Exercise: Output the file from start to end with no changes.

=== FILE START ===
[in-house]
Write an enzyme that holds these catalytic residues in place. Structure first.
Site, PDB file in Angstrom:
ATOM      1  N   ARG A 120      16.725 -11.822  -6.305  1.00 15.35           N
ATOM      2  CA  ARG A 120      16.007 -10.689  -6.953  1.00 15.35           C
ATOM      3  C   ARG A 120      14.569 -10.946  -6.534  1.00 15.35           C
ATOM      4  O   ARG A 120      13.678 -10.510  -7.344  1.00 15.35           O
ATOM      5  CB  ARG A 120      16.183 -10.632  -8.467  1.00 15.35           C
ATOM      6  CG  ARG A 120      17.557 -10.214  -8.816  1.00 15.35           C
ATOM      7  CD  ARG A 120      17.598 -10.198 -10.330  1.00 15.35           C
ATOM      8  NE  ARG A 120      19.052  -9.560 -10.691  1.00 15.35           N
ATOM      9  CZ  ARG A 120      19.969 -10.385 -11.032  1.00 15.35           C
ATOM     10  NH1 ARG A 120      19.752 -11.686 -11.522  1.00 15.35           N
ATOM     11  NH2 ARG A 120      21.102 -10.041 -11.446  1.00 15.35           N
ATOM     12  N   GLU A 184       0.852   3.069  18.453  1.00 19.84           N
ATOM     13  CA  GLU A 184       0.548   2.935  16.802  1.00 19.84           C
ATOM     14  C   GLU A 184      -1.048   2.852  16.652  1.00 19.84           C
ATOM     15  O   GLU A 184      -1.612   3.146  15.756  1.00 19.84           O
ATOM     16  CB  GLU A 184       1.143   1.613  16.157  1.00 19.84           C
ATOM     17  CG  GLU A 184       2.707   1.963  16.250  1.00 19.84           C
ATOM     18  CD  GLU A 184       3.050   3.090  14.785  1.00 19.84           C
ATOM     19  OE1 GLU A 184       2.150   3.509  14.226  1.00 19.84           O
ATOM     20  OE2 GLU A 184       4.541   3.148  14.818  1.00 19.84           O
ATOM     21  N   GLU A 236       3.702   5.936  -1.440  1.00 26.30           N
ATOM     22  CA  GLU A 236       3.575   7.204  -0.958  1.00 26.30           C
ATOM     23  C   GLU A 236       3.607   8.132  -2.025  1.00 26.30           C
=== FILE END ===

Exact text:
[in-house]
Write an enzyme that holds these catalytic residues in place. Structure first.
Site, PDB file in Angstrom:
ATOM      1  N   ARG A 120      16.725 -11.822  -6.305  1.00 15.35           N
ATOM      2  CA  ARG A 120      16.007 -10.689  -6.953  1.00 15.35           C
ATOM      3  C   ARG A 120      14.569 -10.946  -6.534  1.00 15.35           C
ATOM      4  O   ARG A 120      13.678 -10.510  -7.344  1.00 15.35           O
ATOM      5  CB  ARG A 120      16.183 -10.632  -8.467  1.00 15.35           C
ATOM      6  CG  ARG A 120      17.557 -10.214  -8.816  1.00 15.35           C
ATOM      7  CD  ARG A 120      17.598 -10.198 -10.330  1.00 15.35           C
ATOM      8  NE  ARG A 120      19.052  -9.560 -10.691  1.00 15.35           N
ATOM      9  CZ  ARG A 120      19.969 -10.385 -11.032  1.00 15.35           C
ATOM     10  NH1 ARG A 120      19.752 -11.686 -11.522  1.00 15.35           N
ATOM     11  NH2 ARG A 120      21.102 -10.041 -11.446  1.00 15.35           N
ATOM     12  N   GLU A 184       0.852   3.069  18.453  1.00 19.84           N
ATOM     13  CA  GLU A 184       0.548   2.935  16.802  1.00 19.84           C
ATOM     14  C   GLU A 184      -1.048   2.852  16.652  1.00 19.84           C
ATOM     15  O   GLU A 184      -1.612   3.146  15.756  1.00 19.84           O
ATOM     16  CB  GLU A 184       1.143   1.613  16.157  1.00 19.84           C
ATOM     17  CG  GLU A 184       2.707   1.963  16.250  1.00 19.84           C
ATOM     18  CD  GLU A 184       3.050   3.090  14.785  1.00 19.84           C
ATOM     19  OE1 GLU A 184       2.150   3.509  14.226  1.00 19.84           O
ATOM     20  OE2 GLU A 184       4.541   3.148  14.818  1.00 19.84           O
ATOM     21  N   GLU A 236       3.702   5.936  -1.440  1.00 26.30           N
ATOM     22  CA  GLU A 236       3.575   7.204  -0.958  1.00 26.30           C
ATOM     23  C   GLU A 236       3.607   8.132  -2.025  1.00 26.30           C